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Did McCarty's insurance deputy lie to Congress?

Coventry First LLC, a viaticals company has written a letter to Florida Insurance Commissioner Kevin McCarty demanding that his office correct "false and misleading" testimony that deputy commissioner Mary Beth Senkewicz allegedly gave during an April 29th Congressional hearing.

At issue: Senkewicz said Coventry "refused to file an Annual Report for the period ending December 31, 2008..."

The problem, says Coventry lawyer Frank J. Santry's letter: "Only seven weeks earlier, on March 10, 2009, Ms. Senkewicz signed a letter [attached as Exhibit 1] to Coventry which read:

'On February 25, 2009, the Office of Insurance Regulation (“Office”) received Coventry First, LLC’s “Coventry”) audited financial statement, report of life expectancy providers and license fee. The Office acknowledges that this fulfills Coventry’s 2 obligations under Section 626.9913(2), Florida Statutes for calendar year 2008.'

Oops. Seems like a simple thing to clear up, right? Nah. It took McCarty's office the entire day to produce this response: "We have received the Coventry letter, reviewed it, and will send a response to the Senate Committee next week. Coventry’s underlying allegation in its letter regarding Deputy Senkewicz’s testimony is false."

This is the second time in as many weeks that McCarty/his office has been accused of deception. Bradenton Sen. Mike Bennett said the commissh lied to him. More here on that.

Coventry's letter is here: Download Letter to McCarty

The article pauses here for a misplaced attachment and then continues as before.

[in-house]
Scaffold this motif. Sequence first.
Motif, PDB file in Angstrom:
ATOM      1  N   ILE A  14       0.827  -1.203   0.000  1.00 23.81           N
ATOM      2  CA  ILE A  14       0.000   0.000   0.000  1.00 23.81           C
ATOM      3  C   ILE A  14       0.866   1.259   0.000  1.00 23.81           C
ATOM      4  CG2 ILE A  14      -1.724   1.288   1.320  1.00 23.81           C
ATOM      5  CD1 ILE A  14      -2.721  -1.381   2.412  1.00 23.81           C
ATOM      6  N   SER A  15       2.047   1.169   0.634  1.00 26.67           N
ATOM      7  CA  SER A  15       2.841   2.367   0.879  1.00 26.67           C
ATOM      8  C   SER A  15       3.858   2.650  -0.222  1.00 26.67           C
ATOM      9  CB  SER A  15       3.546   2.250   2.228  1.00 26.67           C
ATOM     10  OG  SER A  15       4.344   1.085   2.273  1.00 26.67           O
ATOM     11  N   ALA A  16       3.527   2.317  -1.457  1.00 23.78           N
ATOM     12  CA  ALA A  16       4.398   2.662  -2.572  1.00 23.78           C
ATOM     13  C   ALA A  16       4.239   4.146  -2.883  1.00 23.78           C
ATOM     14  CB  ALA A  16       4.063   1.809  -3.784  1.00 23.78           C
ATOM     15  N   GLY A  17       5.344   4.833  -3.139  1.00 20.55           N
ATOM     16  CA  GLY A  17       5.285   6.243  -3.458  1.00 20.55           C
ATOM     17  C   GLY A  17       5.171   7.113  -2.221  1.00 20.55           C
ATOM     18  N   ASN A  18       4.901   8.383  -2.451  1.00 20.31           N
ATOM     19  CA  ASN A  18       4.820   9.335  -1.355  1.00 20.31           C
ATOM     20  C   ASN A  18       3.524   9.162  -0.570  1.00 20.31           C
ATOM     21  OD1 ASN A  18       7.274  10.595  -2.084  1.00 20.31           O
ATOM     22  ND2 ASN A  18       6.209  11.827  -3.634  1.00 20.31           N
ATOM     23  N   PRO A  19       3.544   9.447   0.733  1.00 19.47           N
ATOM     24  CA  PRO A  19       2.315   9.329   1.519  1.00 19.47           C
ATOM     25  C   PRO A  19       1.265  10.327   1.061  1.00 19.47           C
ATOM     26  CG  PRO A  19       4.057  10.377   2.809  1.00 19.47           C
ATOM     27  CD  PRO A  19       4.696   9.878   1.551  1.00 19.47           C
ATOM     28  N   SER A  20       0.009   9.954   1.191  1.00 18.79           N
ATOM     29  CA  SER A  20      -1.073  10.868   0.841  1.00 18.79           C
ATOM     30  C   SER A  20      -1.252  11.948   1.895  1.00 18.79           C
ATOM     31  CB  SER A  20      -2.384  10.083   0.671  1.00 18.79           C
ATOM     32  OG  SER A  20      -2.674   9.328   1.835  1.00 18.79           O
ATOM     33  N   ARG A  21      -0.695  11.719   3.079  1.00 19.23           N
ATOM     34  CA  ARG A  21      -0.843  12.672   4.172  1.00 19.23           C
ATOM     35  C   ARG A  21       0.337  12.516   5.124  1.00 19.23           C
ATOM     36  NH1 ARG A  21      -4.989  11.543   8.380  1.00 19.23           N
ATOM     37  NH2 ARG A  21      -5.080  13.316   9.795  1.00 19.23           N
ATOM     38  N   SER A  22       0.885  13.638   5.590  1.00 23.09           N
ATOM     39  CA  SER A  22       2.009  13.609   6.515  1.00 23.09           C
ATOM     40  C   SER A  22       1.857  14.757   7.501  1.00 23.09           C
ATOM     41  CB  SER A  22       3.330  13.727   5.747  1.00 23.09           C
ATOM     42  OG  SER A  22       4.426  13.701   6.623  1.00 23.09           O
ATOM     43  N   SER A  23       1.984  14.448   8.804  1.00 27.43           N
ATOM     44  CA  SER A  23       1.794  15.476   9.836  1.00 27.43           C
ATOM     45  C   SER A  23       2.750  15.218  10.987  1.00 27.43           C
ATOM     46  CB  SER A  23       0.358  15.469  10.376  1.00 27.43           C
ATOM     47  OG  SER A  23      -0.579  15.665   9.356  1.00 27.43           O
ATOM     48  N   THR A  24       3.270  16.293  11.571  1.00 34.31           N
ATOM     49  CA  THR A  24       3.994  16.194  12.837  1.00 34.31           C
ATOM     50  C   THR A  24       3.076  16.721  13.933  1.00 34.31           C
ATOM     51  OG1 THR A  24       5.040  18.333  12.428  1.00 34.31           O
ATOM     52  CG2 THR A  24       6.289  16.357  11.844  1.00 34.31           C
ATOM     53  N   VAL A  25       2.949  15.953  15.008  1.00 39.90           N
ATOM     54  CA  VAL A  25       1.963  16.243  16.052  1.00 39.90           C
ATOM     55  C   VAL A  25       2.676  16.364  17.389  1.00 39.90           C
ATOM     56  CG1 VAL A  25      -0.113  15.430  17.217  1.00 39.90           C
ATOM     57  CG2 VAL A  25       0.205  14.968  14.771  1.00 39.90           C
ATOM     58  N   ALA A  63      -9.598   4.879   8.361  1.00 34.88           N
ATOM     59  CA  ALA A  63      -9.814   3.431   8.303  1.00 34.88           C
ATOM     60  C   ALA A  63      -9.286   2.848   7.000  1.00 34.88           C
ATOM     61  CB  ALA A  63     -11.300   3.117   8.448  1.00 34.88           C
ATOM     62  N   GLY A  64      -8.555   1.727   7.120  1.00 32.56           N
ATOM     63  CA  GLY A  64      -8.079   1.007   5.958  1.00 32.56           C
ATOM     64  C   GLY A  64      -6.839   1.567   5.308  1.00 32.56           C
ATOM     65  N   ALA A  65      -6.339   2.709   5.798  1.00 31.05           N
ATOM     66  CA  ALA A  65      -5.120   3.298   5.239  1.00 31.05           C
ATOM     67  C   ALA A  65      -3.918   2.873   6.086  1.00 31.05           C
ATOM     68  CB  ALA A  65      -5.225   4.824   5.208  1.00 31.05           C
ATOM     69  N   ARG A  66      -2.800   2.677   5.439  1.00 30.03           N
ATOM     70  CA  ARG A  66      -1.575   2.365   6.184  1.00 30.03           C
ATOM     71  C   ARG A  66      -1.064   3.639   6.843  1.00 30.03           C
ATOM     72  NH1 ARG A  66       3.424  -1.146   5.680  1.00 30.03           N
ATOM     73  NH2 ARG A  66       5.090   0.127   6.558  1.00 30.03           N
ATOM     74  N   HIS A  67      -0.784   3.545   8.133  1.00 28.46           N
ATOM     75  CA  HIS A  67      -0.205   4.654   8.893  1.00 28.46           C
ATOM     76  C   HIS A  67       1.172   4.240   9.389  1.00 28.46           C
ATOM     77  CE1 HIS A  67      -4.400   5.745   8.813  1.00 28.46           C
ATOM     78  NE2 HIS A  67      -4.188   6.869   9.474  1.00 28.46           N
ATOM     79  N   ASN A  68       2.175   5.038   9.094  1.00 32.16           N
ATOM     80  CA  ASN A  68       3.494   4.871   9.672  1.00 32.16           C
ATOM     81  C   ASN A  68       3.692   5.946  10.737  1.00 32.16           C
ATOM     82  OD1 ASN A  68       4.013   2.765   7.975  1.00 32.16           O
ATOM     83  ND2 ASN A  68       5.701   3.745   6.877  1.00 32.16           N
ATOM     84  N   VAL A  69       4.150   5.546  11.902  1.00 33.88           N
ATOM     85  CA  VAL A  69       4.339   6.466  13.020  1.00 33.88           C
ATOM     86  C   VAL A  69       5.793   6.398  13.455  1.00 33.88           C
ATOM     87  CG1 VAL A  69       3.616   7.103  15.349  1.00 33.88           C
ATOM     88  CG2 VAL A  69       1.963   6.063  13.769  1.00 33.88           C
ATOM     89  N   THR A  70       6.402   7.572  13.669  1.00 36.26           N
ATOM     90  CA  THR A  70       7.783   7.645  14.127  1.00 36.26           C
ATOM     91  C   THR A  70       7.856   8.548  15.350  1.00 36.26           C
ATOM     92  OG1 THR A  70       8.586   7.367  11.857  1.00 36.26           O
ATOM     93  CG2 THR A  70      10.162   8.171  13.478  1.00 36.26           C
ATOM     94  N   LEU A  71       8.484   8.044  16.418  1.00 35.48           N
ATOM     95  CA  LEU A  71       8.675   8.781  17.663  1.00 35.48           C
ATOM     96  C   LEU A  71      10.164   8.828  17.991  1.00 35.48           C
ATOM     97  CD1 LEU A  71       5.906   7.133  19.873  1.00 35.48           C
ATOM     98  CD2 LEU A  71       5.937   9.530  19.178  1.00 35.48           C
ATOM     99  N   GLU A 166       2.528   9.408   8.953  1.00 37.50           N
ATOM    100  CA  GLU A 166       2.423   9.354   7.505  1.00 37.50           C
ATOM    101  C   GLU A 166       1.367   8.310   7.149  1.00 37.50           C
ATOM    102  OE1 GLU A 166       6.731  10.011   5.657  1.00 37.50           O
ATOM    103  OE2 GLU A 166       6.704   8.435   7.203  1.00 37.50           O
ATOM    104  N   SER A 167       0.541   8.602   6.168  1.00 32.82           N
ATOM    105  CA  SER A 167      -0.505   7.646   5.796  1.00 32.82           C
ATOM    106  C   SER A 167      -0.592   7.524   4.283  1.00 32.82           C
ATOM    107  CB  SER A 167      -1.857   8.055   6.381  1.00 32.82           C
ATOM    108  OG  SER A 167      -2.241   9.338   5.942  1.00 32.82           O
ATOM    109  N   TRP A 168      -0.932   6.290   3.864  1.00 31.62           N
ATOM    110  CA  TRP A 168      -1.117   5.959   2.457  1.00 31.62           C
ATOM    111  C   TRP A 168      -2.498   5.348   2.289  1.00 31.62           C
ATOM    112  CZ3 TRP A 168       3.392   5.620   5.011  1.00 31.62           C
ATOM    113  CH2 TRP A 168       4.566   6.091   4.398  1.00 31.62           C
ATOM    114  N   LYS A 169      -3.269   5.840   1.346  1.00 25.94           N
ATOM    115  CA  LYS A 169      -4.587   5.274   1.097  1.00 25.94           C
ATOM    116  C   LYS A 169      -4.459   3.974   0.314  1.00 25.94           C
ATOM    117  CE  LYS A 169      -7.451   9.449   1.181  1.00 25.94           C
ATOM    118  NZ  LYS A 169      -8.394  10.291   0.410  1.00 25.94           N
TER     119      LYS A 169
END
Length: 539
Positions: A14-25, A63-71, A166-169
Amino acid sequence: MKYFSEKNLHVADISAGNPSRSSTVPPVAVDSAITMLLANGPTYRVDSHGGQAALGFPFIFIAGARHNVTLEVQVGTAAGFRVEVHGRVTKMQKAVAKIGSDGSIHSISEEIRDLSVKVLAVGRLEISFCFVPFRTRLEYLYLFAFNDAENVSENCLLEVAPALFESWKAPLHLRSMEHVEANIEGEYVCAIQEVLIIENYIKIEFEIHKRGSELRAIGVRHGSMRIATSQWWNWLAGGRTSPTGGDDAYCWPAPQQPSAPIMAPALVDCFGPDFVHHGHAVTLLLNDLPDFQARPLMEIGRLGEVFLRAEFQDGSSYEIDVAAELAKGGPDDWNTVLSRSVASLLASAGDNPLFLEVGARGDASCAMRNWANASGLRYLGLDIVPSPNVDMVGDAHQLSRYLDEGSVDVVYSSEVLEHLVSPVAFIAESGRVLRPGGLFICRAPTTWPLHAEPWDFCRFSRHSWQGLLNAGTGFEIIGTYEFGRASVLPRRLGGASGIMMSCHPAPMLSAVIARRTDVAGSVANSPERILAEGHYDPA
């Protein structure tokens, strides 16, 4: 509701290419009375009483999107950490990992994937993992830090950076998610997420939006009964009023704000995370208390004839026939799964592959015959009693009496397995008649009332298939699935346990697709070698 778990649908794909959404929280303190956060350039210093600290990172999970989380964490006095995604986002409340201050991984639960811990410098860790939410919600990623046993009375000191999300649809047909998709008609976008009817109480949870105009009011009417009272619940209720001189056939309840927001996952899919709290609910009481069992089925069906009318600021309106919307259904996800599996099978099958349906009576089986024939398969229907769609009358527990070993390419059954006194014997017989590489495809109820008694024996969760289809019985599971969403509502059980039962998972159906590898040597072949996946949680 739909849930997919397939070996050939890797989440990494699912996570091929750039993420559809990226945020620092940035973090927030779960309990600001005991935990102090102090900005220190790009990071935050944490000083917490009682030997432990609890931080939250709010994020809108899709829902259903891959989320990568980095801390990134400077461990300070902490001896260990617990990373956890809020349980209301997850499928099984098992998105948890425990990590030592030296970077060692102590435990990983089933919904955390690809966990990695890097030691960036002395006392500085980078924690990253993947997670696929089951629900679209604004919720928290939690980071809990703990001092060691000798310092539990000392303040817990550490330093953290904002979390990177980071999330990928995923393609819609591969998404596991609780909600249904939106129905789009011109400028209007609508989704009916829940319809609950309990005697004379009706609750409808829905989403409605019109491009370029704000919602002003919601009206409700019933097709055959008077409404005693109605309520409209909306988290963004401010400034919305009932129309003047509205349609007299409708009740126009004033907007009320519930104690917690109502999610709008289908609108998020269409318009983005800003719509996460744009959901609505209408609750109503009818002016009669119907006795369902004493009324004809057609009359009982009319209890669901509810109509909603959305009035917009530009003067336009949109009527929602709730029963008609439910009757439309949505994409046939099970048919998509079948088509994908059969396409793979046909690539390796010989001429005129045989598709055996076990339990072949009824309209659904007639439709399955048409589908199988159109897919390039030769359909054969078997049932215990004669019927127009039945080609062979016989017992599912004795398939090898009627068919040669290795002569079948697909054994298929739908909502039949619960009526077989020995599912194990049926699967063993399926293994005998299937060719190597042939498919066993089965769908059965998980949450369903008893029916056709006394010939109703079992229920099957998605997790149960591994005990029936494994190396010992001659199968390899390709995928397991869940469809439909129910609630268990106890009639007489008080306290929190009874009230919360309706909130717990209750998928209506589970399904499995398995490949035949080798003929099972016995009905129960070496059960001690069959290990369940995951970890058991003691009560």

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Forget this Coventry thing, it looks like McCarty has more explaining to do,. The letter includes this report about the Office of Insurance Regulation's track record on rulemaking:

“Unfortunately, this sort of illegal rulemaking has become the norm for the Office of Insurance Regulation. Forty-six Florida agencies have rules in force published in the Florida Administrative Code. The Office of Insurance Regulation is one sub-agency of one of those 46 agencies. The searchable online database of the Division of Administrative hearings shows that from 2004 through mid-May, 2009, there were 17 cases in which proposed rules of any Florida agency were declared unlawful by an administrative law judge. The single sub-agency, the Florida Office of Insurance Regulation, was the losing agency in 9 of the 17 cases.

“The problem is further illustrated by the facts that, of the 23 cases since 2004 through mid-May 2009 in which proposed rules of the Florida Office of Insurance Regulation are or have been challenged before an administrative law judge, the agency has never won a case. In 10 cases the proposed rules were declared unlawful by the judge. In 2 cases, the challenged proposed rules were voluntarily withdrawn by the OIR. One case was dismissed when OIR agreed to amendments to the proposed rule acceptable to the challenging party. In two cases, the OIR is presently considering changes to the proposed rule which the parties have indicated have a reasonable likelihood to resolve the case. Six cases were closed without a ruling. Two cases are being held in abeyance.”

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